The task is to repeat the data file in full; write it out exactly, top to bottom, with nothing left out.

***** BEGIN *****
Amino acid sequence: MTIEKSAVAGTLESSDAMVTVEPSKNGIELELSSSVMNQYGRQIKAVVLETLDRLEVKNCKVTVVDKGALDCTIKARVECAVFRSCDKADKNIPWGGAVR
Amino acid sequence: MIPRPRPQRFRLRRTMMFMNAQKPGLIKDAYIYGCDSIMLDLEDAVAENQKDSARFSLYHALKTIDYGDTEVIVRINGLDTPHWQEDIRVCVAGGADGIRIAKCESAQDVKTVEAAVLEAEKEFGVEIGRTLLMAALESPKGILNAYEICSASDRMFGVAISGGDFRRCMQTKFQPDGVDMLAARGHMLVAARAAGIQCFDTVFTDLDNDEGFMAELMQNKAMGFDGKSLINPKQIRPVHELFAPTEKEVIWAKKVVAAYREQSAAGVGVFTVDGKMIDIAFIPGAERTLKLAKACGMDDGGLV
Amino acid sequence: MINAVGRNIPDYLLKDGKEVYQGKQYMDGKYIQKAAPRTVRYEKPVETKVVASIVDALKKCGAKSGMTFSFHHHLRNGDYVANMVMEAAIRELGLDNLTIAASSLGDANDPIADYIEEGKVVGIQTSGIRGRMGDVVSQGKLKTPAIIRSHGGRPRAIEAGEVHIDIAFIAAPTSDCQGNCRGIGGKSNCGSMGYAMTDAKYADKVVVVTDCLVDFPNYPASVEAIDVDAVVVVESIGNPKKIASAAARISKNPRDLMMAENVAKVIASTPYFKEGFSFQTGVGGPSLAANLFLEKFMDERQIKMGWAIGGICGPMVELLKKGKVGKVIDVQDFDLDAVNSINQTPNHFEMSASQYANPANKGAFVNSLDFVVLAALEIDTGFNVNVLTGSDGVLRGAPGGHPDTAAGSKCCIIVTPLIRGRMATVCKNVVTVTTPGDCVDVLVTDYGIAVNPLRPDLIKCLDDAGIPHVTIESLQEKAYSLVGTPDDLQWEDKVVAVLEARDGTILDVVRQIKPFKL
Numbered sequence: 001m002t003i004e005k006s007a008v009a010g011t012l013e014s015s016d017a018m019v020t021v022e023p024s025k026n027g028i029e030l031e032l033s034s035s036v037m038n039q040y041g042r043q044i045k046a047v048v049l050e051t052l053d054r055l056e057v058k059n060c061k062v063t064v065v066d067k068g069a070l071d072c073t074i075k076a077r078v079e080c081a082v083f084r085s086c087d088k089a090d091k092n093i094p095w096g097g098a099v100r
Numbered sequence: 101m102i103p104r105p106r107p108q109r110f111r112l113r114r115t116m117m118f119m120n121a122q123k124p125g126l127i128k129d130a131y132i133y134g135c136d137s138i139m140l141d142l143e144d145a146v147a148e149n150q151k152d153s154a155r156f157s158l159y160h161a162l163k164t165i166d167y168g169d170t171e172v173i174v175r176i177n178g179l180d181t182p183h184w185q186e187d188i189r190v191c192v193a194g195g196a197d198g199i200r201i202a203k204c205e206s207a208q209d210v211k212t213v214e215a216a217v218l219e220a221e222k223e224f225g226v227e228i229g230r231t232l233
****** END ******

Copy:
Amino acid sequence: MTIEKSAVAGTLESSDAMVTVEPSKNGIELELSSSVMNQYGRQIKAVVLETLDRLEVKNCKVTVVDKGALDCTIKARVECAVFRSCDKADKNIPWGGAVR
Amino acid sequence: MIPRPRPQRFRLRRTMMFMNAQKPGLIKDAYIYGCDSIMLDLEDAVAENQKDSARFSLYHALKTIDYGDTEVIVRINGLDTPHWQEDIRVCVAGGADGIRIAKCESAQDVKTVEAAVLEAEKEFGVEIGRTLLMAALESPKGILNAYEICSASDRMFGVAISGGDFRRCMQTKFQPDGVDMLAARGHMLVAARAAGIQCFDTVFTDLDNDEGFMAELMQNKAMGFDGKSLINPKQIRPVHELFAPTEKEVIWAKKVVAAYREQSAAGVGVFTVDGKMIDIAFIPGAERTLKLAKACGMDDGGLV
Amino acid sequence: MINAVGRNIPDYLLKDGKEVYQGKQYMDGKYIQKAAPRTVRYEKPVETKVVASIVDALKKCGAKSGMTFSFHHHLRNGDYVANMVMEAAIRELGLDNLTIAASSLGDANDPIADYIEEGKVVGIQTSGIRGRMGDVVSQGKLKTPAIIRSHGGRPRAIEAGEVHIDIAFIAAPTSDCQGNCRGIGGKSNCGSMGYAMTDAKYADKVVVVTDCLVDFPNYPASVEAIDVDAVVVVESIGNPKKIASAAARISKNPRDLMMAENVAKVIASTPYFKEGFSFQTGVGGPSLAANLFLEKFMDERQIKMGWAIGGICGPMVELLKKGKVGKVIDVQDFDLDAVNSINQTPNHFEMSASQYANPANKGAFVNSLDFVVLAALEIDTGFNVNVLTGSDGVLRGAPGGHPDTAAGSKCCIIVTPLIRGRMATVCKNVVTVTTPGDCVDVLVTDYGIAVNPLRPDLIKCLDDAGIPHVTIESLQEKAYSLVGTPDDLQWEDKVVAVLEARDGTILDVVRQIKPFKL
Numbered sequence: 001m002t003i004e005k006s007a008v009a010g011t012l013e014s015s016d017a018m019v020t021v022e023p024s025k026n027g028i029e030l031e032l033s034s035s036v037m038n039q040y041g042r043q044i045k046a047v048v049l050e051t052l053d054r055l056e057v058k059n060c061k062v063t064v065v066d067k068g069a070l071d072c073t074i075k076a077r078v079e080c081a082v083f084r085s086c087d088k089a090d091k092n093i094p095w096g097g098a099v100r
Numbered sequence: 101m102i103p104r105p106r107p108q109r110f111r112l113r114r115t116m117m118f119m120n121a122q123k124p125g126l127i128k129d130a131y132i133y134g135c136d137s138i139m140l141d142l143e144d145a146v147a148e149n150q151k152d153s154a155r156f157s158l159y160h161a162l163k164t165i166d167y168g169d170t171e172v173i174v175r176i177n178g179l180d181t182p183h184w185q186e187d188i189r190v191c192v193a194g195g196a197d198g199i200r201i202a203k204c205e206s207a208q209d210v211k212t213v214e215a216a217v218l219e220a221e222k223e224f225g226v227e228i229g230r231t232l233